I incorporate queer ecology that is interdisciplinary and “uses biology and evolution to contextualize non-normative sexualities, adaptations and presentations” (queerecology.org). Queer ecology is reminiscent of cyborg genders, in that it “is a local possibility taking a global vengeance,” where “there is intimate experience in boundaries, their construction and deconstruction” (Haraway (2), 316). Visceral multimedia performance eco-art nurtures new depths to our perceptions while challenging boundaries. Ambient soundscapes comprised of melodious synthesizer sounds, discordant sound effects, vocal manipulations, and field recordings of natural and found sounds from various environments “indicate[s] that a certain level of privacy, self-possession, and means for material possession prefigure and sustain [our] artistic output. Yet individual efforts are balanced with various types of collaboration… both are necessary” (Rodgers, 243).

The boundaries between hard and soft, natural and technological, artists and environments are disrupted. In a costume designed with fabrics, fibers, and accessories sustainably sourced from creative reuse centers, the garment wraps around me and encompasses my body: distorting my identity, disrupting my vision, and increasing the mass of my physical self. I feel the weight of our overconsumption as materials that were destined for the waste stream smother me. Handmade pom-poms with repurposed fibers, splashed with essential oils that help with memory, relaxation, and energy, are tossed at the audience during performances (and some tossed back at me), in order to play with the boundaries between art and audience, and what we give to each other. Through this mixed media collage of sound, zines, fibers, and performance, I hope to foster multisensory ecological reveries and perceptions.

Transdisciplinary environmental imagination and ecological aesthetics in maieutic practice may prevent the destructive consumption of the environment in recreational, educational, and industrial uses. We bring latent ideas into clear consciousness evoking “the outstanding characteristic of perception…that [it] entails no consumption and no dilution of any resource… To promote perception is the only truly creative part of recreational engineering” (Leopold, 290). We can perceive a multitude of means for ongoing finite embodiment with limited resources. We find unexpected openings and connections to our collective subject position through “translations and solidarities linking the cacophonous visions and visionary voices that characterize the knowledges of the subjugated” (Haraway (1), 590). We find this anomalous somewhereness weaving through our landscapes and communities.

abstract slices of images woven into a square with text "anomalous somewhereness"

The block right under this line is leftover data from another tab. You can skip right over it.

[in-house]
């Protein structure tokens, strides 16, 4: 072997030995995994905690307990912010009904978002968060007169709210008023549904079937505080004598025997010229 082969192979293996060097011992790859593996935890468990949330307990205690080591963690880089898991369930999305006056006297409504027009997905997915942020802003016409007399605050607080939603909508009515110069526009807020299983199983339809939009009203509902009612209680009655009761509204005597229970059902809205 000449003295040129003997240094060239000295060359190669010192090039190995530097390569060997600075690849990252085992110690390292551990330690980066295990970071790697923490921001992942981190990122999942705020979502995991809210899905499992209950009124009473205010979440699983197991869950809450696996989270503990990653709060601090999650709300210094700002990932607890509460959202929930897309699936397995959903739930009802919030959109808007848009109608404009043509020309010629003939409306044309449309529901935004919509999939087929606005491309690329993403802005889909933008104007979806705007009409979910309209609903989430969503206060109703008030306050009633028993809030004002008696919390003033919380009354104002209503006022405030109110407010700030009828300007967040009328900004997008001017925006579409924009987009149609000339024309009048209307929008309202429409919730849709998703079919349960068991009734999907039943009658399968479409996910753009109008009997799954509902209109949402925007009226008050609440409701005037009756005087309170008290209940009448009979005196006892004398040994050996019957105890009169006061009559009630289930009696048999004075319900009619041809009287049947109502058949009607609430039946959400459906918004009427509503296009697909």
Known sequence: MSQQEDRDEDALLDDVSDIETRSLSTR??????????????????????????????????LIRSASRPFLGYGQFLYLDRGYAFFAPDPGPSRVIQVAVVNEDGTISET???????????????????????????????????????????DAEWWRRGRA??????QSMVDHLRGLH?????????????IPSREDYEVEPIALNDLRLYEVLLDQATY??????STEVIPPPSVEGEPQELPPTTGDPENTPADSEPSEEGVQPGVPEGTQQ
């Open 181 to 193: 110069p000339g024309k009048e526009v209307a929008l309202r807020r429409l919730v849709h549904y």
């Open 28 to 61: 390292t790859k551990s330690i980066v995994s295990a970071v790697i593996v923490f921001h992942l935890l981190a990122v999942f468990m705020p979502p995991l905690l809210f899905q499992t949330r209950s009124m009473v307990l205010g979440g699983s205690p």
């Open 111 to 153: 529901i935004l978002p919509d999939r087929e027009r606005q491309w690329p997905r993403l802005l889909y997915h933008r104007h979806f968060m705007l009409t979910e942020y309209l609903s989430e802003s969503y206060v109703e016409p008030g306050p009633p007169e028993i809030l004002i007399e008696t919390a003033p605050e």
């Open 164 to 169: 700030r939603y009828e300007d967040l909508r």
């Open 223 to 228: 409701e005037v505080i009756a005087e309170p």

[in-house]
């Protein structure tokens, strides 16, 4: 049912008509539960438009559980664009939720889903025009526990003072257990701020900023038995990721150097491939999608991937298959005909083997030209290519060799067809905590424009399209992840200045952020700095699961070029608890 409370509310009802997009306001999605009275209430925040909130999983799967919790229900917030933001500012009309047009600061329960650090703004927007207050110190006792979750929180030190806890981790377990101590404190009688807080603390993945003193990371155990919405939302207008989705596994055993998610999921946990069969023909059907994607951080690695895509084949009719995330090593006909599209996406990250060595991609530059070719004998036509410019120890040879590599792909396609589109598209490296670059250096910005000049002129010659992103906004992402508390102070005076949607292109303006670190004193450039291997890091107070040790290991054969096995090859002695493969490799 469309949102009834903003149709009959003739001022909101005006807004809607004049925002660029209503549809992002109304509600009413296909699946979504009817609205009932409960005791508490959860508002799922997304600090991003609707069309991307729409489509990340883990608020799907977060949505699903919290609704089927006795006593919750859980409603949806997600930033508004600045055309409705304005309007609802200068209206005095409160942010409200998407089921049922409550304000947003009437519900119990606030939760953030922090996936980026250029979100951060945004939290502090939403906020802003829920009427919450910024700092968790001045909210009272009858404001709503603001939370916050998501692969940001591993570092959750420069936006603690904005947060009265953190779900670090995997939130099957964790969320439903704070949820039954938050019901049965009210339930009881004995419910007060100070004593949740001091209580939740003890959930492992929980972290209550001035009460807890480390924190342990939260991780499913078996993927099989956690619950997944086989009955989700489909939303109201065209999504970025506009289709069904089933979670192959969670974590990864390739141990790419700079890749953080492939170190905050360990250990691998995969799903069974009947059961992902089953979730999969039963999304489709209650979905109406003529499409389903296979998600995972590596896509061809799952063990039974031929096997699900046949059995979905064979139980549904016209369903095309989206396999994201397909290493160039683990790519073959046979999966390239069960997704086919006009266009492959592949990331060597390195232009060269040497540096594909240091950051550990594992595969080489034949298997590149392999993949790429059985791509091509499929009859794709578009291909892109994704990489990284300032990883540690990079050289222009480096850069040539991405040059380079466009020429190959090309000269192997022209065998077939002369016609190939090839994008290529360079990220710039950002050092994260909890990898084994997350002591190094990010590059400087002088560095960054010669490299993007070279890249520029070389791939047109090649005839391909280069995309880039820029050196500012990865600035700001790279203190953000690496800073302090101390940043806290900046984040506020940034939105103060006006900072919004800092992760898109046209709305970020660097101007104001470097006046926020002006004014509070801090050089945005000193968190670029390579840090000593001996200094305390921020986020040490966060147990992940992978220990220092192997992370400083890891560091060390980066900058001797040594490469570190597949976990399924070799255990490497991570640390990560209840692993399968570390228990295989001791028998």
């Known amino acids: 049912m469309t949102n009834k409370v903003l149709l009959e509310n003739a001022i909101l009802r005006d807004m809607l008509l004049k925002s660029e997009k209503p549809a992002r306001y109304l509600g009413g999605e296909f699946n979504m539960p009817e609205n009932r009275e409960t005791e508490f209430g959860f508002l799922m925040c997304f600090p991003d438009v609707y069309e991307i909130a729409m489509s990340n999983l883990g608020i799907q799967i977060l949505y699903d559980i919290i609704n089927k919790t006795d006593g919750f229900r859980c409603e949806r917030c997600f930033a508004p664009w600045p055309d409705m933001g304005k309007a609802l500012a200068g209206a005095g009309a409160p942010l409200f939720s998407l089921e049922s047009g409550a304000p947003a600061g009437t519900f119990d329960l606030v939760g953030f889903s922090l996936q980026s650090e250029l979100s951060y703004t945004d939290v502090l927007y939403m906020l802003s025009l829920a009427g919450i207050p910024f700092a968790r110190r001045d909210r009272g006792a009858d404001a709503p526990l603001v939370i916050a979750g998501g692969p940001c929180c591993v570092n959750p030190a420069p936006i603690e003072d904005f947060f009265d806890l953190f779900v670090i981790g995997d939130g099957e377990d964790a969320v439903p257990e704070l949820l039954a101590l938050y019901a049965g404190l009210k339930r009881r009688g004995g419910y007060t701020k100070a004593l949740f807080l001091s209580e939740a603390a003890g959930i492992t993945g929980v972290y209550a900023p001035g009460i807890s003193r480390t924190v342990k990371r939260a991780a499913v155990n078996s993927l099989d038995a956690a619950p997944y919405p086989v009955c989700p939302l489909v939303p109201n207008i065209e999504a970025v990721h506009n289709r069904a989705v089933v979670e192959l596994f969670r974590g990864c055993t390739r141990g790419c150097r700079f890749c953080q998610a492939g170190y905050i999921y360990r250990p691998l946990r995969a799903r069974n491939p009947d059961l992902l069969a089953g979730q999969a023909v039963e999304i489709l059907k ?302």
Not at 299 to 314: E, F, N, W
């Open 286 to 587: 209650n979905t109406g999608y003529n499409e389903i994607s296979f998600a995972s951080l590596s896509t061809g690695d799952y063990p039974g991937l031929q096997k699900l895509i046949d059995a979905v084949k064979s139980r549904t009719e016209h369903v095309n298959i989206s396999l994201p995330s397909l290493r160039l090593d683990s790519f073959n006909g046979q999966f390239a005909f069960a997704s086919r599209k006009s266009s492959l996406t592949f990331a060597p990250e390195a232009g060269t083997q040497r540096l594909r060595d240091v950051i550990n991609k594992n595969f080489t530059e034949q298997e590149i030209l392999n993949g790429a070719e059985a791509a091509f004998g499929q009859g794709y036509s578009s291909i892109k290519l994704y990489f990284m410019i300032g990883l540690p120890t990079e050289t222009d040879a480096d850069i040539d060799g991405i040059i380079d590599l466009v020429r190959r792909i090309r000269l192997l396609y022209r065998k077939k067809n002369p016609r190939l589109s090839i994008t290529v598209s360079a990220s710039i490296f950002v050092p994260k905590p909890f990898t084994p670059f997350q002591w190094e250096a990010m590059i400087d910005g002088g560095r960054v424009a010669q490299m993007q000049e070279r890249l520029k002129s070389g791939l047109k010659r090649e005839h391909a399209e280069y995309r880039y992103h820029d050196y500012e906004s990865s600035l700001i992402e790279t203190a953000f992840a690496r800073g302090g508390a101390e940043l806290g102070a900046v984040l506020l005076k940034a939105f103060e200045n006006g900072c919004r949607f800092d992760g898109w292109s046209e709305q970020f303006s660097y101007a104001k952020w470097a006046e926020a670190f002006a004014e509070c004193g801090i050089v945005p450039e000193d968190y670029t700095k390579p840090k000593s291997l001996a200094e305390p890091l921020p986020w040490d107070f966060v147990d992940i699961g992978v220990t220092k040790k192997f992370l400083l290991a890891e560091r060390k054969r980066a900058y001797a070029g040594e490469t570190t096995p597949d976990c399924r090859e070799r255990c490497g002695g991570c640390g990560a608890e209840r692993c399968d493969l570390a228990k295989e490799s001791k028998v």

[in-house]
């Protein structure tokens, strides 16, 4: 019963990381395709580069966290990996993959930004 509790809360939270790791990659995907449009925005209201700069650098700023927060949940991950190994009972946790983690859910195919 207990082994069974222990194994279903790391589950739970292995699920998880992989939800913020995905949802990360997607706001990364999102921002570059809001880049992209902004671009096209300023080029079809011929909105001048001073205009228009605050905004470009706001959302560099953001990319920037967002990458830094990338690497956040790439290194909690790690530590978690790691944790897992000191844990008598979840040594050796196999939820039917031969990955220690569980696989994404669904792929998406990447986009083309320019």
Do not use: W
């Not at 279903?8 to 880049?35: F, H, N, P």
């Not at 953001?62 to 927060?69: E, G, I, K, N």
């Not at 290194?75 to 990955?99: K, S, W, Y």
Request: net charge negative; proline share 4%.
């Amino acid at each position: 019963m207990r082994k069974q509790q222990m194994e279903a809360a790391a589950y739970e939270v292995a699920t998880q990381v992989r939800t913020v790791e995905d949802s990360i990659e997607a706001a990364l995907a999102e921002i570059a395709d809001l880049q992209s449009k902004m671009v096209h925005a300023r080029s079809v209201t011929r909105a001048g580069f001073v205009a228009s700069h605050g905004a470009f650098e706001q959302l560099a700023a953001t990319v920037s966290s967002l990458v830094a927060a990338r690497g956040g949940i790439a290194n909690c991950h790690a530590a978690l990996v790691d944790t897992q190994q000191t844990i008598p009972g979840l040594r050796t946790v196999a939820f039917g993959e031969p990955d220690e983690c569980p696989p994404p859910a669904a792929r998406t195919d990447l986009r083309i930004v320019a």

Inspired by the cacophonous and visionary spontaneity of creative communities, soundscape ecology is incorporated into my artistic practices. Soundscape ecology is made up of geophony (non-biological audio sources), biophony (the collective sound that vocalizing animals create), and anthrophony (human made/created sounds and noises). “Every soundscape that springs from a wild habitat generates its own unique signature, one that contains incredible amounts of information” (Krause). In soundscape ecology, aural perceptions and deep listening spark our environmental imaginations.

The influence soundscape ecology can have on an audience is encompassing and palpable, and goes beyond solely aural understandings. Sounds can be tangible, they can reverberate through our bodies, they can pull us in, or push us away. Spectrograms reveal images that display the sounds according to brightness and color, frequency, and time of occurrence. We become more aware of our perceptions, connections, and expressions. Soundscapes influence the imagination to be both a framing device and a presence mediating human and natural histories. The ability to organize and conceptualize environmental interactions requires an ecological imagination to guide our ways of perception (Buell). Soundscape ecology helps preserve and share the signatures of habitats, and provides a medium for archiving a necessary aspect of our conservation hopes.

We learn to reuse transformative domains, embrace the uncertainties that nature presents us with, and learn from generations of those that have cared for the earth in previous centuries. Environmental restoration may be the art form of the 21st century, and requires we find just and sustainable practices with intermingling mediums. Created in the late 19th century and developed during the 20th century, radio is a medium of our past providing new creative means for future transmissions. Community-powered stations are cropping up again and providing new domains for creatives, audiophiles, volunteers, and enthusiasts to become “the blood of the station, and if [we] care for them, they will care for the air. And it is a garden that needs tending, constantly, and well” (Milam, 46).

In North Texas, a small Low-Power FM station and nonprofit radio organization aspires to cultivate hope and love through shared music, sounds, stories, and productions that remind us of the powerful unity that people can create when we care for shared commons. Real Waves Radio Network manages KUZU 92.9 FM in Denton, TX – a nonstop, community supported, LPFM radio station with a drive to combat the homogenization of media. We transmit forgotten songs and stories of generations past, we provide spaces for subjugated and disenfranchised groups to be heard, we seek new and undiscovered talents, and we offer genuine expression of our community pulse and heartbeat.

zine newsprint collage with a retro woman and pasted text including "Tinkering with futures"